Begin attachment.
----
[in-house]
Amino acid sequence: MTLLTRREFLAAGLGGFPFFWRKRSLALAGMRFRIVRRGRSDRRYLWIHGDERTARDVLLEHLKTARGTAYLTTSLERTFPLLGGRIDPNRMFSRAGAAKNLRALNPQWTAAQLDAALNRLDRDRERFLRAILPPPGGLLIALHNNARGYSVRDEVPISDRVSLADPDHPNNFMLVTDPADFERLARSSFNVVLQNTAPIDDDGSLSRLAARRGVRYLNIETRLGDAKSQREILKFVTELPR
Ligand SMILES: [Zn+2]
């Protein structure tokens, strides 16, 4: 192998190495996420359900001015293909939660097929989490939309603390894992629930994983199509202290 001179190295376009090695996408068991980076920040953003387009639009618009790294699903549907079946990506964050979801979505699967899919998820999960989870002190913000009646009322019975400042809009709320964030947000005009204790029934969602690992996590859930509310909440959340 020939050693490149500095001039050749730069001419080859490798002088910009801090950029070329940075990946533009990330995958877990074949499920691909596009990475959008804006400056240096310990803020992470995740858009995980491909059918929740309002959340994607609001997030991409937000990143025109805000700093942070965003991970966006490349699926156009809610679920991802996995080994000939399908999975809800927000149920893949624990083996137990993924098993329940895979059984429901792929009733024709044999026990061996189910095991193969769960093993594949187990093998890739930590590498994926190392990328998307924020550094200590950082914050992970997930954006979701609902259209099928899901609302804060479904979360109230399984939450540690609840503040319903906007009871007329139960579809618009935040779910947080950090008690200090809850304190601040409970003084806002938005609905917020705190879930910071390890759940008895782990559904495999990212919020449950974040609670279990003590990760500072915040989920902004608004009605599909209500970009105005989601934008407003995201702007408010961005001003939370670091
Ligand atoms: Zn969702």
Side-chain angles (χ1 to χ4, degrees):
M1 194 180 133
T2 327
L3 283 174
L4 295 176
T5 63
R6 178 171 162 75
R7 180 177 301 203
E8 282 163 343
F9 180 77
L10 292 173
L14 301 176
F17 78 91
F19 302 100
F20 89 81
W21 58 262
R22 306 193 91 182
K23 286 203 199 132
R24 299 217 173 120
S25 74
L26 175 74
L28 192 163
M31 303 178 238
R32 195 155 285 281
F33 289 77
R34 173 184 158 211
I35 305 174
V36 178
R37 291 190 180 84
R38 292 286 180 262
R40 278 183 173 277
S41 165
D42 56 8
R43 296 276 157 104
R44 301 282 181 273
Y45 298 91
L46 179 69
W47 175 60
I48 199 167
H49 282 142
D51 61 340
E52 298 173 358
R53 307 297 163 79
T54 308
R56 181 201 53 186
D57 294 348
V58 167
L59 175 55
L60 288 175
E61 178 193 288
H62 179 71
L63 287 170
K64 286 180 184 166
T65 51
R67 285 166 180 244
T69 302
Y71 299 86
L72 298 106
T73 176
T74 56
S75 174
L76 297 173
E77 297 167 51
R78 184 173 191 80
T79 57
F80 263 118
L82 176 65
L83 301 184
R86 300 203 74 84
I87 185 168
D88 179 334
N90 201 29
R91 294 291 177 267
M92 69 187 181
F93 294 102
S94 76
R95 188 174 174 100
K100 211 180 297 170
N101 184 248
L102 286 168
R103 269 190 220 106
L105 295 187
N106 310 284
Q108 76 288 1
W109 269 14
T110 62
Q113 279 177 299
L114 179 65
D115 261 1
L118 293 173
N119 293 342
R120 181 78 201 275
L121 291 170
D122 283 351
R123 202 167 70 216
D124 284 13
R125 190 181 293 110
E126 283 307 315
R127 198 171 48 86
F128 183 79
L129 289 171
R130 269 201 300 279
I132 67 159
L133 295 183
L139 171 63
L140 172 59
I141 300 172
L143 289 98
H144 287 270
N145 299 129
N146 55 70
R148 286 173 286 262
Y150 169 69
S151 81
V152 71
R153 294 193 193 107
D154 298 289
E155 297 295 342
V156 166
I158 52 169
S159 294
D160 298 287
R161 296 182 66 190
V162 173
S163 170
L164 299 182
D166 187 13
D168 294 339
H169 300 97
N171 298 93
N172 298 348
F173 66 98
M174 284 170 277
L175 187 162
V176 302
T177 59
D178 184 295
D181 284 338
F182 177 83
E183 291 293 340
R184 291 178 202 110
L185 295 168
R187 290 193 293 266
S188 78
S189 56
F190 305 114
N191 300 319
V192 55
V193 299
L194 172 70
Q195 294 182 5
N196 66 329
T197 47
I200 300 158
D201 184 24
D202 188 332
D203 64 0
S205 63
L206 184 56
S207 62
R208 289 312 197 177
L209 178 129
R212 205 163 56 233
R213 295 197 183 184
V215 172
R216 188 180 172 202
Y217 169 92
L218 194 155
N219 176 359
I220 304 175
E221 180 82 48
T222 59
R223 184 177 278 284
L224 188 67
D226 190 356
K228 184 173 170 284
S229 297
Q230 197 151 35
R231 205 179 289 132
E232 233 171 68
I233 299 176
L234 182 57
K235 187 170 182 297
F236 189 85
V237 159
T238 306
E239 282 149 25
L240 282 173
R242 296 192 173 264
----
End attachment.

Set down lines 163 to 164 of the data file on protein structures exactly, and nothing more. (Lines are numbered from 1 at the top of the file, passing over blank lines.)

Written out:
S205 63
L206 184 56